Objection 1: It seems that daring is not a sin. For it is written (Job 39:21) concerning the horse, by which according to Gregory (Moral. xxxi) the godly preacher is denoted, that |he goeth forth boldly to meet armed men [*Vulg.: 'he pranceth boldly, he goeth forth to meet armed men'].| But no vice redounds to a man's praise. Therefore it is not a sin to be daring.
Objection 2: Further, according to the Philosopher (Ethic. vi, 9), |one should take counsel in thought, and do quickly what has been counseled.| But daring helps this quickness in doing. Therefore daring is not sinful but praiseworthy.
Objection 3: Further, daring is a passion caused by hope, as stated above (FS, Q, A) when we were treating of the passions. But hope is accounted not a sin but a virtue. Neither therefore should daring be accounted a sin.
On the contrary, It is written (Ecclus.8:18): |Go not on the way with a bold man, lest he burden thee with his evils.| Now no man's fellowship is to be avoided save on account of sin. Therefore daring is a sin.
I answer that, Daring, as stated above (FS, Q, A; Q), is a passion. Now a passion is sometimes moderated according to reason, and sometimes it lacks moderation, either by excess or by deficiency, and on this account the passion is sinful. Again, the names of the passions are sometimes employed in the sense of excess, thus we speak of anger meaning not any but excessive anger, in which case it is sinful, and in the same way daring as implying excess is accounted a sin.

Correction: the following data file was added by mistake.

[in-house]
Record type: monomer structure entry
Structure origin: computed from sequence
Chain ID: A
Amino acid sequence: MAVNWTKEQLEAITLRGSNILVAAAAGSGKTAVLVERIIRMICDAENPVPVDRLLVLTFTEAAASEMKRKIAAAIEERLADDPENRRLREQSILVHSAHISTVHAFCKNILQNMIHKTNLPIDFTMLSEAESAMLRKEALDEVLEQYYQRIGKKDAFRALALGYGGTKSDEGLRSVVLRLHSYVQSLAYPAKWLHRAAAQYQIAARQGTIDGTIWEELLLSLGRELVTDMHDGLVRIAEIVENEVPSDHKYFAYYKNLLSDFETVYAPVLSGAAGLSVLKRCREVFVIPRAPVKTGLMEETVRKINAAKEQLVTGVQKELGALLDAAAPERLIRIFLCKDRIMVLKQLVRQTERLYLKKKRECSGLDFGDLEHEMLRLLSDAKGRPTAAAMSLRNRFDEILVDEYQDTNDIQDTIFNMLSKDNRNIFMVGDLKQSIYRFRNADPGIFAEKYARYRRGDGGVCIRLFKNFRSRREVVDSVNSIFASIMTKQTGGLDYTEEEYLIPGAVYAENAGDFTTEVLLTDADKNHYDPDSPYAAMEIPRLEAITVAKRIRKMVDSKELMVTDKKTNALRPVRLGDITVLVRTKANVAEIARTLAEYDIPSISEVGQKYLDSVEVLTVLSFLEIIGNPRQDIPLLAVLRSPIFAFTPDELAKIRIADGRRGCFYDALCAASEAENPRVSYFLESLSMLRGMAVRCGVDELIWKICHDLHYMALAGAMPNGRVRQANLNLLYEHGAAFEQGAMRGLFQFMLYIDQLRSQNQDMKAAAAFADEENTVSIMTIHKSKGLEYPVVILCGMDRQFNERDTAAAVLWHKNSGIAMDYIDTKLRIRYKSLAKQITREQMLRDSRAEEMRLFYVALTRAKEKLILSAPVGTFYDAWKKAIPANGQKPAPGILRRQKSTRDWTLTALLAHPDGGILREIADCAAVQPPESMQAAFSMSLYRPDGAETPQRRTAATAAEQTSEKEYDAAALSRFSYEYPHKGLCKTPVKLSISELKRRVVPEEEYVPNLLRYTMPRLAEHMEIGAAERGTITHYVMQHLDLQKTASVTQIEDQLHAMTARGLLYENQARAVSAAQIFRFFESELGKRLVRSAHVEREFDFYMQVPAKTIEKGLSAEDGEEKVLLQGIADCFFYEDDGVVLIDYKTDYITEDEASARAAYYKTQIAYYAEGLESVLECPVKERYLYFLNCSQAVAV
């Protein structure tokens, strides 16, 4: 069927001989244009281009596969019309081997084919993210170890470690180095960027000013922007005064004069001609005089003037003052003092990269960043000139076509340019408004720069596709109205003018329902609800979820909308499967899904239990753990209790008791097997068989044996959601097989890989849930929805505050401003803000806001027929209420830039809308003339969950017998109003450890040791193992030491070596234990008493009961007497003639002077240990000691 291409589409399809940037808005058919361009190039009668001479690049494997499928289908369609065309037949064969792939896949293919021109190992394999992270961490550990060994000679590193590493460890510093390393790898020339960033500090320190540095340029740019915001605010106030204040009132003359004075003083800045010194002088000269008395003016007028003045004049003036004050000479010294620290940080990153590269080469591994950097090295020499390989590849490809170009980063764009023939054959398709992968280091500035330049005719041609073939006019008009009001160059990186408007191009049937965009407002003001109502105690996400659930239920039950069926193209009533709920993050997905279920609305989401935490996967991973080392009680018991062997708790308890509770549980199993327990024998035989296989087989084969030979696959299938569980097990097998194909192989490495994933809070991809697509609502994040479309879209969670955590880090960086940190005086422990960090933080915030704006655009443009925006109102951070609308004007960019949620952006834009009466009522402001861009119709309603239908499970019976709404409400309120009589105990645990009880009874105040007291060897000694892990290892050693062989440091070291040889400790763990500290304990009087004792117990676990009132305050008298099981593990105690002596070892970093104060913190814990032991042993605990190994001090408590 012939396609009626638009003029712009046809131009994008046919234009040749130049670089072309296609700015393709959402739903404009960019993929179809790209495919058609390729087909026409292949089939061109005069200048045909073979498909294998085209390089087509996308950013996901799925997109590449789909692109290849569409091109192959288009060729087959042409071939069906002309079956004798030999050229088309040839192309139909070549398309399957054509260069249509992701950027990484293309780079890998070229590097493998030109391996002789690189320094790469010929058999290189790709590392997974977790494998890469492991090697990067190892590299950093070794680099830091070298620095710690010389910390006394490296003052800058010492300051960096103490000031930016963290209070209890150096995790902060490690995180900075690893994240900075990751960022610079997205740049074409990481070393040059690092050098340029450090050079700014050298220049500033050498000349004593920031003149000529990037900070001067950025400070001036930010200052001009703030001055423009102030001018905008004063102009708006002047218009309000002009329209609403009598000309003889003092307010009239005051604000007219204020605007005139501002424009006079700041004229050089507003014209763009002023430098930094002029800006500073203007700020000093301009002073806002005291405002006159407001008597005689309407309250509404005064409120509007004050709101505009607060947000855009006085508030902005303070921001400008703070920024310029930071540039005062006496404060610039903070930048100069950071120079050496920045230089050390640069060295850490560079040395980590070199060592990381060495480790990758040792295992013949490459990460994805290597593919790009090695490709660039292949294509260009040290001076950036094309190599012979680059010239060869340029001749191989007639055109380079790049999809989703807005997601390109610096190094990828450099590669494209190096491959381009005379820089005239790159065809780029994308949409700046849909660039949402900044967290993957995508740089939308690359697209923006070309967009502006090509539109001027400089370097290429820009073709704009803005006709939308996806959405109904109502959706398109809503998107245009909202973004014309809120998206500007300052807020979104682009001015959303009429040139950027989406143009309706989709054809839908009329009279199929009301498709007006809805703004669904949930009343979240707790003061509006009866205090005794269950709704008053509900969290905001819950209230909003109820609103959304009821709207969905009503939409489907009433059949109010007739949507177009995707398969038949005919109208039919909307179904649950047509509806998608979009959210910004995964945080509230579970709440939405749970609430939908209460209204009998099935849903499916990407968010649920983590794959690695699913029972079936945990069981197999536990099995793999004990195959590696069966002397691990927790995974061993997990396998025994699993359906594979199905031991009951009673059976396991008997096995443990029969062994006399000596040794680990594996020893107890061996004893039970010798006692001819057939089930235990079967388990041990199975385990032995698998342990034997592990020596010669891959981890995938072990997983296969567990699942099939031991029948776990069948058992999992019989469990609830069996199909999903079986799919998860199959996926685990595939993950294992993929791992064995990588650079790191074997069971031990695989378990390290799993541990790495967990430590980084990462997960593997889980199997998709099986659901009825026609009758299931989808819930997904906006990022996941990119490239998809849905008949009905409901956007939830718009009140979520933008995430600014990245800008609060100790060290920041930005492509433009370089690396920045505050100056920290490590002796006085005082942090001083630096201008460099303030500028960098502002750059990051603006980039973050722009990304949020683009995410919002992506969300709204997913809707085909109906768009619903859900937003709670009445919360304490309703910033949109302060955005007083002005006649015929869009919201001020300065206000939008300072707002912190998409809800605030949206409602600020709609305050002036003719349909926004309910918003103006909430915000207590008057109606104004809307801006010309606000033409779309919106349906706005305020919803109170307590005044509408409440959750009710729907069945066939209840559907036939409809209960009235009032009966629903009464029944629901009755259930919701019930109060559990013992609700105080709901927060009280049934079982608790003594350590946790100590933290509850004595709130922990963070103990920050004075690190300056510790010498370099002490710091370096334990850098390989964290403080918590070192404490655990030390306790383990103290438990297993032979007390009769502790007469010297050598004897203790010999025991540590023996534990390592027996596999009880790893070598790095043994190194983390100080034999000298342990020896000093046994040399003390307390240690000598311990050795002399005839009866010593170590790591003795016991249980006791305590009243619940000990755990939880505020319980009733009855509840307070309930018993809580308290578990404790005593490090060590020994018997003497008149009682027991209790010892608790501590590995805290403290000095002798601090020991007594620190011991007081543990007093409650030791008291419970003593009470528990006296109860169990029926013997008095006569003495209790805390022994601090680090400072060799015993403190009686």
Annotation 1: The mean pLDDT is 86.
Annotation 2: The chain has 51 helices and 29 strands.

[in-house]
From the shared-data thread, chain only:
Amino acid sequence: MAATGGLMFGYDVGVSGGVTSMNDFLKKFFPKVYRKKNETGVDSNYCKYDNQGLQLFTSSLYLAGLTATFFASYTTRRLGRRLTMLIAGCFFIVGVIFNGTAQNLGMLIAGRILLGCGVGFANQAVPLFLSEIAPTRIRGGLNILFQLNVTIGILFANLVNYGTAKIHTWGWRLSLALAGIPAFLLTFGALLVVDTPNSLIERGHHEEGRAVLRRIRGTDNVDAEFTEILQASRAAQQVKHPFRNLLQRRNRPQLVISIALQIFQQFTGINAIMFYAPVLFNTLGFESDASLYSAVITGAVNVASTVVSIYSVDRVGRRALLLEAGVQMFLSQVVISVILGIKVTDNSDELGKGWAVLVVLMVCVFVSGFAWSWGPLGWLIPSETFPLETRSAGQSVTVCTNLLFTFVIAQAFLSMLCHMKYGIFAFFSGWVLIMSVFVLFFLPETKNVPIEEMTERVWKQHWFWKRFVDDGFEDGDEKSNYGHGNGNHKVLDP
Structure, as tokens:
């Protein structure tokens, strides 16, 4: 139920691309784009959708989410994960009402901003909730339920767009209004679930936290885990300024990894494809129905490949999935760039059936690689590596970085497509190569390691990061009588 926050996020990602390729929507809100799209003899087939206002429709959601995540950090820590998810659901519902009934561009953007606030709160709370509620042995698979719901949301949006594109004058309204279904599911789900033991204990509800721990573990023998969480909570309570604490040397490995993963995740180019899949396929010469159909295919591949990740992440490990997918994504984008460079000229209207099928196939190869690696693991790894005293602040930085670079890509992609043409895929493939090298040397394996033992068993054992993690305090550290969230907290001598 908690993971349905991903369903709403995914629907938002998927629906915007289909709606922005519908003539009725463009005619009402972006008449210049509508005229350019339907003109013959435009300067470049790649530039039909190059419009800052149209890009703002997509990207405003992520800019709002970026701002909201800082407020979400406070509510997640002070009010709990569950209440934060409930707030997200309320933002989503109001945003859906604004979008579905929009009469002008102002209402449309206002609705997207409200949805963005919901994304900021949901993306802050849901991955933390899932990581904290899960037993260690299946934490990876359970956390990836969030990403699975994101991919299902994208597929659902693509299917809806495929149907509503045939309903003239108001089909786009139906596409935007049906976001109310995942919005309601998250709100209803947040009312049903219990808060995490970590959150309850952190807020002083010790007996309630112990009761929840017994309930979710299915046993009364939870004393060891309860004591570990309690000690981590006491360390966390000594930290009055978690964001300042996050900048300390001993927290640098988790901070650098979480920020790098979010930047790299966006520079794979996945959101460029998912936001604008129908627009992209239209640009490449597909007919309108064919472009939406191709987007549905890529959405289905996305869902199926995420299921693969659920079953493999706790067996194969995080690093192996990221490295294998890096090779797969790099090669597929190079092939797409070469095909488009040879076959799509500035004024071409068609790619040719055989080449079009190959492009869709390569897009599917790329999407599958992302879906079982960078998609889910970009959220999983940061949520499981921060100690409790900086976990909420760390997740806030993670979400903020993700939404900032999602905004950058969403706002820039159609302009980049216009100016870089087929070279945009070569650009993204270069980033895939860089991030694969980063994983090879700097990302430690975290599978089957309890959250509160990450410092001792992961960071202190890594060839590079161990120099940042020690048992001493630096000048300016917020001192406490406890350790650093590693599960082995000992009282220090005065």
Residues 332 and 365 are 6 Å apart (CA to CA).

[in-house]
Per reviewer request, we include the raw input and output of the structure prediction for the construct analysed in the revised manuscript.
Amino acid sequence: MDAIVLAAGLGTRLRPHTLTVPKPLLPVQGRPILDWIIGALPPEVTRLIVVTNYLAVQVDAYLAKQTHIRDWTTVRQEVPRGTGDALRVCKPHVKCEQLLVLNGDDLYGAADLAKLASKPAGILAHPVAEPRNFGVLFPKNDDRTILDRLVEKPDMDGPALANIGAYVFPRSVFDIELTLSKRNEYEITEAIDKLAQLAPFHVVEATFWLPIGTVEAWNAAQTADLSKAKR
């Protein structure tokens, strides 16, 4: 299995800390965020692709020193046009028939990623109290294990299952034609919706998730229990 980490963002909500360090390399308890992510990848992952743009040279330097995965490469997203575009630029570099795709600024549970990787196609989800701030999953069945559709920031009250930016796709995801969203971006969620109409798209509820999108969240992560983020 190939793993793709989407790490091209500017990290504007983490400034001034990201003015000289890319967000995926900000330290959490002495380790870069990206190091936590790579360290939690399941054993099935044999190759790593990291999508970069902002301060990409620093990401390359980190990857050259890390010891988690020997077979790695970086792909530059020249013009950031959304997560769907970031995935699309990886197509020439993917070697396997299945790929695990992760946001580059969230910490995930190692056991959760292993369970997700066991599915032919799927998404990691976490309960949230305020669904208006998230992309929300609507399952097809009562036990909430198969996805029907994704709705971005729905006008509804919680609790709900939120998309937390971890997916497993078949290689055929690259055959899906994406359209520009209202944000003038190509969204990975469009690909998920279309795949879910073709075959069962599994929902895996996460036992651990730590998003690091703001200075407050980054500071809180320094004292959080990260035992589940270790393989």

Reply to Objection 1: The daring spoken of there is that which is moderated by reason, for in that sense it belongs to the virtue of fortitude.
Reply to Objection 2: It is praiseworthy to act quickly after taking counsel, which is an act of reason. But to wish to act quickly before taking counsel is not praiseworthy but sinful; for this would be to act rashly, which is a vice contrary to prudence, as stated above (Q, A). Wherefore daring which leads one to act quickly is so far praiseworthy as it is directed by reason.
Reply to Objection 3: Some vices are unnamed, and so also are some virtues, as the Philosopher remarks (Ethic. ii, 7; iv, 4,5,6). Hence the names of certain passions have to be applied to certain vices and virtues: and in order to designate vices we employ especially the names of those passions the object of which is an evil, as in the case of hatred, fear, anger and daring. But hope and love have a good for this object, and so we use them rather to designate virtues.